The lips are packed with nerve endings — 100 times more than the fingertips

The act of sex sets off a cascade of hormones, which trigger pleasure, happiness, and bonding, scientists reveal. Studies now show that intercourse is good for our health, from protecting against heart disease and osteoporosis, to staving off dementia and improving mood.

Why love hurts
A key hormone released during sex is oxytocin, also known as the ‘cuddle hormone.’ This lowers our defences and makes us trust people more, says Dr Arun Ghosh, a GP specialising in sexual health at the Spire Liverpool Hospital. It’s also the key to bonding, as it increases levels of empathy.

Women produce more of this hormone, although it’s not clear why, and this means they are more likely to let their guard down and fall in love with a man after sex. However, the problem is that the body can’t distinguish whether the person we’re with is a casual fling or marriage material — oxytocin is released either way. So while it might help you bond with the love of your life, it’s also the reason you may feel so miserable when a short-term relationship ends.

Men, on the other hand, instead of getting a surge of bonding hormone, receive a surge of simple pleasure. “The problem is that when a man has an orgasm, the main hormone released is dopamine — the pleasure hormone. And this surge can be addictive,” says Dr Ghosh. That’s why so many more men tend to suffer from sex addiction.

Staving off dementia
Many of us are all too aware that our brain cells decline with age. In fact, it’s said we lose 7,000 brain cells a day by the time we’re 35, which makes rather depressing reading. The good news, however, is that having regular sex may help us grow new brain cells, according to scientists from Princeton University in the United States. 

And the more sex you have, the more cells you can grow, it seems. Animal studies, published in the journal PLoS ONE, suggest that sex stimulates the growth of brain cells in the hippocampus, the part of the brain responsible for memory and learning. Factors such as stress and depression have been shown to shrink the hippocampus, yet exercise and sex counteract this effect.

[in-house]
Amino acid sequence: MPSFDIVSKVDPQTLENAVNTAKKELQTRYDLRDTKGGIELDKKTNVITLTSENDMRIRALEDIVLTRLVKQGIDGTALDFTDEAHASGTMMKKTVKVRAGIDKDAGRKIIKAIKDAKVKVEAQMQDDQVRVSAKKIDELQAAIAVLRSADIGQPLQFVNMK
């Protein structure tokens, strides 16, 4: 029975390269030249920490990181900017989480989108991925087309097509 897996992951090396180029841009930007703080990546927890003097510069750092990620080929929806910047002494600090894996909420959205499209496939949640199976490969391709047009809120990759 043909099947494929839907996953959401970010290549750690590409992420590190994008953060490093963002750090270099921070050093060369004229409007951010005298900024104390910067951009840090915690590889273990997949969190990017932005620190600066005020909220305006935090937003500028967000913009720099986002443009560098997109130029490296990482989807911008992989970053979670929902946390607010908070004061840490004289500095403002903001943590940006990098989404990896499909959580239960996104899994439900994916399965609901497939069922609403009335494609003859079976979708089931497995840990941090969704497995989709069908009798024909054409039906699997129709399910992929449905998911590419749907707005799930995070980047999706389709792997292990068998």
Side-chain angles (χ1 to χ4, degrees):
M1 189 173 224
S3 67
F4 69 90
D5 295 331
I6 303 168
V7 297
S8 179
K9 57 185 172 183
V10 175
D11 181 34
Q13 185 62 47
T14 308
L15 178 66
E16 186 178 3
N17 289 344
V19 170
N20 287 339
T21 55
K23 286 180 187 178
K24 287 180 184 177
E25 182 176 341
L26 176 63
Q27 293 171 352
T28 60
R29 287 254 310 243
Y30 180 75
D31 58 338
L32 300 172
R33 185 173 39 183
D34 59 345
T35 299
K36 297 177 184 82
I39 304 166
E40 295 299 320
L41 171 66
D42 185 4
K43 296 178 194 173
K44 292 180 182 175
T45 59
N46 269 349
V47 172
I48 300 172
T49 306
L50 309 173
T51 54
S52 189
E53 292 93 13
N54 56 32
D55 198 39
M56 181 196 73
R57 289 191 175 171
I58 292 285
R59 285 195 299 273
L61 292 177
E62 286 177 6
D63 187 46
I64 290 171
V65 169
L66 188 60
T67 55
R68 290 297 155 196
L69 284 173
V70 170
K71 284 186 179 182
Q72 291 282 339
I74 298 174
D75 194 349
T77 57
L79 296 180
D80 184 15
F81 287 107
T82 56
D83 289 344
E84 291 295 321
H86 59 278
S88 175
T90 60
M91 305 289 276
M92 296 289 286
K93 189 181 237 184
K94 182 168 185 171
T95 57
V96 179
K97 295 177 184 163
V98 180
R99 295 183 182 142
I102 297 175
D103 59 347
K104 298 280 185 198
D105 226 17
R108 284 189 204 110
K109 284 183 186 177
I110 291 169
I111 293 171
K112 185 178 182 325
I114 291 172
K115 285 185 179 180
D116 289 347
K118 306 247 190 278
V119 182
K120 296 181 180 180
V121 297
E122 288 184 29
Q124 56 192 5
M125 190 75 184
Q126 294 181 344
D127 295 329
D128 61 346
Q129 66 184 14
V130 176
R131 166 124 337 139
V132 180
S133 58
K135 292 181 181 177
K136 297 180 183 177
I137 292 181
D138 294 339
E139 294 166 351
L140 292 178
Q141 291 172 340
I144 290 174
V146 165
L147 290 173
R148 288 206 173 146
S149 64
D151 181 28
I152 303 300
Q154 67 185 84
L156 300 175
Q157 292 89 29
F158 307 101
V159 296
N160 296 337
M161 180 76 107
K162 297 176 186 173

Furthermore, sex could actually be protecting our brain cells against decline. “There is some evidence that older people who are sexually active are less likely to have dementia and this could be for a variety of complex reasons,” says Dr Ghosh. Sex causes increased blood flow to the brain, which improves oxygen levels. “MRI scans have shown that during orgasm, the neurons in the brain are more active and use more oxygen,” explains Barry Komisaruk, professor of psychology at Rutgers University and a leading authority on sex and neuroscience.

“It appears that the more active the neurons, the more oxygen they withdraw from the blood — so more oxygenated blood is supplied to the region, delivering a fresh supply of nutrients.” But as well as boosting brain cells, sex could also sharpen a woman’s mind, says Dr Ghosh. That’s due to a surge in sex hormones, particularly testosterone, which can help improve concentration and reaction times.

Smooching means better sex
The lips are packed with nerve endings — 100 times more than the fingertips. As a result, kissing kick-starts multiple mechanisms in the brain, releasing chemicals that lower stress and boost mood, says Dr Ghosh. “You’ll have much better sex if you kiss before intercourse,” says Dr Ghosh.

It increases levels of the pleasure hormones and will make you a lot more receptive to what happens later. “That’s why loving sex can be more satisfying than a quickie — and that endorphin hit from dopamine is especially important for women.”

A natural painkiller

Orgasm (rather than sex) can block pain signals, says Professor Komisaruk. Research using laboratory animals and humans has found that orgasm can inhibit the release of pain transmitters from the spinal cord so they can’t reach the neurons in the brain that respond to pain. In fact, he says, it can raise the pain threshold so much that the equivalent effect in morphine is three times the usual pain-relieving dose.